Easton Annual Jazz Day

by Matthew Crain, originally published in the Easton Irregular, May 2012

The cuckoo and nuthatch know summer’s a-comin’ in—that’s why they’re singing. So do the Easton Area High School Jazz Band and the Lafayette College Jazz Band—that’s why they played at the Riverside Amphitheatre. Not because it was Easton’s First Annual Jazz Day and Mayor Panto and Tunsie told them too, but because boys, girls, and birds all agree that this world would be a mighty poor place without music. “Let my children hear music!” Charles Mingus said. Let them, indeed. And us geezers too!

To begin at the end, go back to the beginning, and then stop in the middle like a good Irregular should (apologies to Oscar Wilde): probably because it had been a warm evening and many of the LCJB wore short sleeves and had gotten cold—a curse on that river wind–they played only 3 tunes: “Armando’s Rhumba,” “My Funny Valentine,” and a Maynard Ferguson treatment of “Chameleon.”

The highpoint was a sensitive baritone sax solo in “Valentine” by Jack Furlong, the group’s leader, but the band sounded distracted. Mr. Furlong tried to inspire them, but it was like asking a racehorse to give more in the home stretch and they would not answer. Get them indoors and comfortable and I’m sure they’ll play much better.

It was still sunny when the EAHS group began, they were relaxed, eager to play, and ready to have fun. “Things Ain’t What They Used To Be,” “Softly As I Leave You,” and “I Remember Clifford” were some of the pieces in their first set, and the performances were first-rate. The standout was Miles Davis’s “Four.” It was loud, bright, and clear, and surely this is the charm of swing and big bands, for, who doesn’t love to abandon himself to a fat 7th chord in the horns and wallow in the trombones? The sax section—prizewinners; never sloppy—caught fire trading solos, and I couldn’t help thinking that when Davis died in 1991 (do birds sing because they know they will die?) these kids weren’t born. “You can only know jazz by listening,” Tunsie said, “you can’t know it from a book.” Someone got these kids listening. When they finished their show to a standing ovation, the Mayor (no knock intended: I too am Friend of the Microphone) went onstage and said, “You hear all the time about the 12% that’s bad—how about the 88 that’s good!”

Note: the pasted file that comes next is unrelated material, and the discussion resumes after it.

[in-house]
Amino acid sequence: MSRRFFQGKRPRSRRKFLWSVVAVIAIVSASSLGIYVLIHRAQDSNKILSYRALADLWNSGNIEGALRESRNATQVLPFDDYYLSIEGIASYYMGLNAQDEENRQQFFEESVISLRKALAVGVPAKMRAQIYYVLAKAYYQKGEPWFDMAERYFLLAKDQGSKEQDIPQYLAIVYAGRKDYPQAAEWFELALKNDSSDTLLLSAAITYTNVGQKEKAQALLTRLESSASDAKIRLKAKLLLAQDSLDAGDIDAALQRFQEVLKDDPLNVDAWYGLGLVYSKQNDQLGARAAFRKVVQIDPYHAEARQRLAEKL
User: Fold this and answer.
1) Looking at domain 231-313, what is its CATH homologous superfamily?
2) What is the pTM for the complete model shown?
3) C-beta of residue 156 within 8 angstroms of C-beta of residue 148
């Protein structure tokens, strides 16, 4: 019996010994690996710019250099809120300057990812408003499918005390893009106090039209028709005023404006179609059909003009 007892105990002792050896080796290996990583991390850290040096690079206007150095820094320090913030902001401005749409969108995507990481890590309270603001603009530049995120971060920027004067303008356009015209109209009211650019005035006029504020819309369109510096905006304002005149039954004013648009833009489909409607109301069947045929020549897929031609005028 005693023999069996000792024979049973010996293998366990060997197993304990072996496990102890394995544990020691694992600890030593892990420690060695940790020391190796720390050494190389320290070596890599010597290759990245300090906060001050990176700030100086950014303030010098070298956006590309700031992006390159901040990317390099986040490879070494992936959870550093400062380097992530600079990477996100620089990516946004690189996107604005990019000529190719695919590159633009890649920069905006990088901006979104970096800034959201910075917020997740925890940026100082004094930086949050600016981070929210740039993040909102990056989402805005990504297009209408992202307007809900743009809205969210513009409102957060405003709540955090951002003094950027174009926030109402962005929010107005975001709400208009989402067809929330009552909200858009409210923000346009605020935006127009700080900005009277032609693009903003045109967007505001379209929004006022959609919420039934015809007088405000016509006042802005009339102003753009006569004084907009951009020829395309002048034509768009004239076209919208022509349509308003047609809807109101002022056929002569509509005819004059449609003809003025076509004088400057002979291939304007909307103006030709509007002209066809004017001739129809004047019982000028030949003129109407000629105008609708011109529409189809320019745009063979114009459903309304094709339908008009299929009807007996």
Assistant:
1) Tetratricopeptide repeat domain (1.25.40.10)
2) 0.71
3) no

They wouldn’t be this good without Carole Lutte. Whether it was lugging instrument cases from the school bus, pinning the sheet music to the stands to keep it from blowing away, angling the mic closer to a soloist so we could better hear the solo, patrolling the lip of the stage to keep the tempo snappy (the rhythm section ticked along like a pressure cooker); every time you looked, Ms. Lutte was doing something, and if she isn’t the hardest working high school music teacher in show business today (thank you, James Brown), I wish you’d tell me who is. It makes me proud to pay my school tax. I’d never heard of her before this concert, but a blind man could see how her dedication to this band makes them excel. And, why, the PA starts howling and drowns out the vibes solo—the kid doesn’t flinch, doesn’t falter with his mallets. Geese strafe the band shell, honking their heads off, and then a baby gets religion and shrieks along with the trumpet during a quiet ballad, and no problem for this bunch: the band smiles wisely and keeps those chords down to the barest of murmurs.

 

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